Missing: Idaho’s efficient passing game. Please report if found.

Let’s get this out of the way now: Troy is really good. Really fucking good. The Trojans were unequivocally the better football team on Saturday and it wasn’t even close. It wasn’t ever close, even when Idaho inched its way to a 6-0 lead early in the game.

There’s evidence to support Troy has been this good all season.

After mercifully allowing top-five ranked and last year’s national runner-up Clemson to leave with their unblemished record intact, Troy beat a Southern Mississippi team which won nine games last season and then destroyed New Mexico State in its Sun Belt opener.

Its systematic dismantling of Idaho further strengthens Troy’s resume as a ‘Really good football team.’

Consider further evidence: Troy is ranked No. 63 in the country in S&P+, which ranks teams based on five factors which correlate with high probability of victory. That is second best in the Sun Belt, and ahead of Pac-12 schools such as Arizona and Arizona State.

These analytics give the Trojans a 99.9 percent chance of bowl eligibility and a 38 percent chance of a 10-win season.

We lost to a real good football team! What’s new?

Well, that’s the concern.

Rationally, I can brush off this loss and point to the remaining schedule while pointing out there are at least six very winnable games left on the schedule. That’s true! There are!

Idaho is given a 31.9 percent chance at bowl eligibility and is given at least a 44 percent chance in at least five remaining games, with a 31 percent chance at Lafayette. Wins at Lafayette or Monroe would surely skyrocket Idaho’s chances at bowl eligibility. It’s all still possible for Idaho.

Here is what worries me.

I wrote one fucking week ago about how this is different. About how when we were punched in the mouth, we responded. We wouldn’t get down and let adversity kill our belief we could win a football game.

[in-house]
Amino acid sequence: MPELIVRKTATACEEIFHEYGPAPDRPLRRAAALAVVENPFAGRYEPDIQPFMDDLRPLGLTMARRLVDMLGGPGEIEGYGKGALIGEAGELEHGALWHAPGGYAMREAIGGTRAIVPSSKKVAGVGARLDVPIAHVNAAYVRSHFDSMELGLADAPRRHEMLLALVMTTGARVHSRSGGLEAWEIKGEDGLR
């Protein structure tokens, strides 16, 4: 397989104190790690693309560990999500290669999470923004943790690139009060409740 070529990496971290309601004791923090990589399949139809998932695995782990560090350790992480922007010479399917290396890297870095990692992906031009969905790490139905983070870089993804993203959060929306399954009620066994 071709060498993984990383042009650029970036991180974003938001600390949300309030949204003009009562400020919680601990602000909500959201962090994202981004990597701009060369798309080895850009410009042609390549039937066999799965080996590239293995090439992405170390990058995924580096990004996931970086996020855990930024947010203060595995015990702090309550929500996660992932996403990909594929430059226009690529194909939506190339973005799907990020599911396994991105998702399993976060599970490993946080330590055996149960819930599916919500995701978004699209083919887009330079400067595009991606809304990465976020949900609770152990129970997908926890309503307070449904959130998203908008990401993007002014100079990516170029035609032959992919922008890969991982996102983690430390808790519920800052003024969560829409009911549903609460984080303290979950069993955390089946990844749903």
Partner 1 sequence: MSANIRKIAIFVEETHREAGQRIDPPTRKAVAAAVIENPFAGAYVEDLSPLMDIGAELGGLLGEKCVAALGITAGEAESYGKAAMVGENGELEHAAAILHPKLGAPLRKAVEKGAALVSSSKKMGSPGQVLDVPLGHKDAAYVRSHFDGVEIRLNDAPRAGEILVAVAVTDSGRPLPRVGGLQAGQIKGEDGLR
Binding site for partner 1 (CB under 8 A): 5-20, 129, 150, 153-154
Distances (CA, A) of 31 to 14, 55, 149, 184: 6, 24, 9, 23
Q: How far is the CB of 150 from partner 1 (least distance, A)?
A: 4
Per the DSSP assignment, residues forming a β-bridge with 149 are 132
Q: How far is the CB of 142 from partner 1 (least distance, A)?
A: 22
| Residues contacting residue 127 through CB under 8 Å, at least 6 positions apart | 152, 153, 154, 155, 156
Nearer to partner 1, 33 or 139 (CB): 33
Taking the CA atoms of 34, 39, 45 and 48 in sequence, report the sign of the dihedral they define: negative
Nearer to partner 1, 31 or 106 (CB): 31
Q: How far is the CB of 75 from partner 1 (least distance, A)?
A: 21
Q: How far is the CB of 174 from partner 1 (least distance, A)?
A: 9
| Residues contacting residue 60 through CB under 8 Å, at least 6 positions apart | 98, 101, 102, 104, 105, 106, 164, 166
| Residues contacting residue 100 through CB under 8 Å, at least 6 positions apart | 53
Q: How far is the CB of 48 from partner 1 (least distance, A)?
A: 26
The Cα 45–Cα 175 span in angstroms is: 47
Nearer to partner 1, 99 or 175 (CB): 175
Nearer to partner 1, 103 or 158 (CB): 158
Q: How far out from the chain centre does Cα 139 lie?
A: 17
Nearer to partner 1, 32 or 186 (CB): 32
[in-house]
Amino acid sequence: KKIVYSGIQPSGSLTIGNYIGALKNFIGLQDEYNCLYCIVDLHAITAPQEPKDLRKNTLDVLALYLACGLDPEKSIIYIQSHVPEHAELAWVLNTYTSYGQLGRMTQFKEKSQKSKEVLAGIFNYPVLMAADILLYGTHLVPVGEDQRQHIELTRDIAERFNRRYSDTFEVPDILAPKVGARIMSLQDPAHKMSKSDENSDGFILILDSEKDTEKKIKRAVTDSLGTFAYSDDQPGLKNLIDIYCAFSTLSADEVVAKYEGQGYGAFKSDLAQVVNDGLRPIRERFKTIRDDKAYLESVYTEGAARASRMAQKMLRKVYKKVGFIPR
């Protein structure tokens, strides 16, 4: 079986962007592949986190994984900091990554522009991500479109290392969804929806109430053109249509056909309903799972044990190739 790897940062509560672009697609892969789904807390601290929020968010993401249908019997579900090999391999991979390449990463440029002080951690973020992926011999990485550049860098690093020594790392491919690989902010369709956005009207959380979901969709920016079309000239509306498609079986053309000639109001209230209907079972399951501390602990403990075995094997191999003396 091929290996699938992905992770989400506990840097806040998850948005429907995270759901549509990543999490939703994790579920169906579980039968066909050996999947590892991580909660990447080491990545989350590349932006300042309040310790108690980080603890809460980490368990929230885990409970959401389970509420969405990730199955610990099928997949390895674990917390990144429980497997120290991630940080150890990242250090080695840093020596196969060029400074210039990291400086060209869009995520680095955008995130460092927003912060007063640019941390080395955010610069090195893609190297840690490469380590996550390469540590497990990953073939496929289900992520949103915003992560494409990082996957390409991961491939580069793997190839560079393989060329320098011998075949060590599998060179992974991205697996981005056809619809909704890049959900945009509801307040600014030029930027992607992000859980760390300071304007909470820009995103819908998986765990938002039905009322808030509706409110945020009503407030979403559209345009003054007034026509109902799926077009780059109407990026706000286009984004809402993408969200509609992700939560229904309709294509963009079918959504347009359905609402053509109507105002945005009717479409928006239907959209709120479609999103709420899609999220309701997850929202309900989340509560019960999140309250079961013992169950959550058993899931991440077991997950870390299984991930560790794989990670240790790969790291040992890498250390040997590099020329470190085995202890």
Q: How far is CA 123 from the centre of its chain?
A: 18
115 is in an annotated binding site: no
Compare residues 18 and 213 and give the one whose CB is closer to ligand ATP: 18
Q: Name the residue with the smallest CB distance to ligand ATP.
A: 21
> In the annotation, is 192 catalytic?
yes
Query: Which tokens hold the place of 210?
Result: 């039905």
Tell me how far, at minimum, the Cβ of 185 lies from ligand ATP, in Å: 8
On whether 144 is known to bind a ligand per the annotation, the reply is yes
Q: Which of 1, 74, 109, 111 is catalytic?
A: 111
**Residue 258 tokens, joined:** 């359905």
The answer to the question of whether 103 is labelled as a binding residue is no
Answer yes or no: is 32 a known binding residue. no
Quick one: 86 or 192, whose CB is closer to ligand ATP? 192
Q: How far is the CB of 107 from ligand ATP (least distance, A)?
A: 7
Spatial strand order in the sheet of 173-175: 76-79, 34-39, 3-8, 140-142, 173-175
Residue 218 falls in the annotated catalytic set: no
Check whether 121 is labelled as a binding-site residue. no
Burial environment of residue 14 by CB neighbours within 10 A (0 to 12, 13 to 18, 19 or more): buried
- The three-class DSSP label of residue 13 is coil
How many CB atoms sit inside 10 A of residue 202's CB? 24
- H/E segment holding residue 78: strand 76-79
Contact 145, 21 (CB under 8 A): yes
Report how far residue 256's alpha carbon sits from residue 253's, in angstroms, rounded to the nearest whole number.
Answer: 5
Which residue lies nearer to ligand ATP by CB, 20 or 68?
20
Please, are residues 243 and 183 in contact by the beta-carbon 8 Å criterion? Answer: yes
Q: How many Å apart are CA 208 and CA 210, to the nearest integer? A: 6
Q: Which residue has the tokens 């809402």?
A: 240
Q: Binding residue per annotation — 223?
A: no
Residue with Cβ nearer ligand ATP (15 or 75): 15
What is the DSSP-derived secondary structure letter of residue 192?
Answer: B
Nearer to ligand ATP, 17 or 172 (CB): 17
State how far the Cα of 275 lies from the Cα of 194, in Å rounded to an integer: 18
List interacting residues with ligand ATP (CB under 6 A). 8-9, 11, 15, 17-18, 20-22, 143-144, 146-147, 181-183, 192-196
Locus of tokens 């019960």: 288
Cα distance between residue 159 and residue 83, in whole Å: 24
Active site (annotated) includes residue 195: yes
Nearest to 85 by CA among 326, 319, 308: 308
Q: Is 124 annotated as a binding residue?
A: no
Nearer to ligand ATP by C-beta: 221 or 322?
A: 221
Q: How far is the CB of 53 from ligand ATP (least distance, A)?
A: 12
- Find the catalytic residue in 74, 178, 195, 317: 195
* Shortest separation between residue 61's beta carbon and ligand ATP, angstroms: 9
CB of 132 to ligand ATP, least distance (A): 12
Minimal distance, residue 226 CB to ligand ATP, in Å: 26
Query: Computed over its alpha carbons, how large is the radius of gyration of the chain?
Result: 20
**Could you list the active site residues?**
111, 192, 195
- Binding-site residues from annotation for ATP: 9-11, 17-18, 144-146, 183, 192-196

And then Saturday happened. At home nonetheless. On Homecoming nonetheless. On what will be our best-attended home game.

We went up 6-0, and then were quickly down 14-6 and then the game was over. Still only down two possessions entering the third quarter, we let a quick-strike touchdown to open the half completely kill us off with 29 minutes still left in the game.

I bet a sportswriter I really respect a beer on the UNLV game because he thought Idaho always quit when the going gets tough. I was beyond gleeful when we appeared to prove him thoroughly wrong.

Maybe that’s not even a thing. Maybe football players laugh when they read shit like this (they probably do).

So let me point to another thing that worries me … The offense is not very good right now.

The offense has been the strength of this program since Paul Petrino took over as coach. Petrino developed Idaho’s offense into the 21st most efficient unit the country last year based on S&P+’s efficiency model.

This model says an offense is efficient if it gains 50 percent on first down, 70 percent on second down and 100 percent on third down. Idaho accomplished this 46.1 percent of the time last season.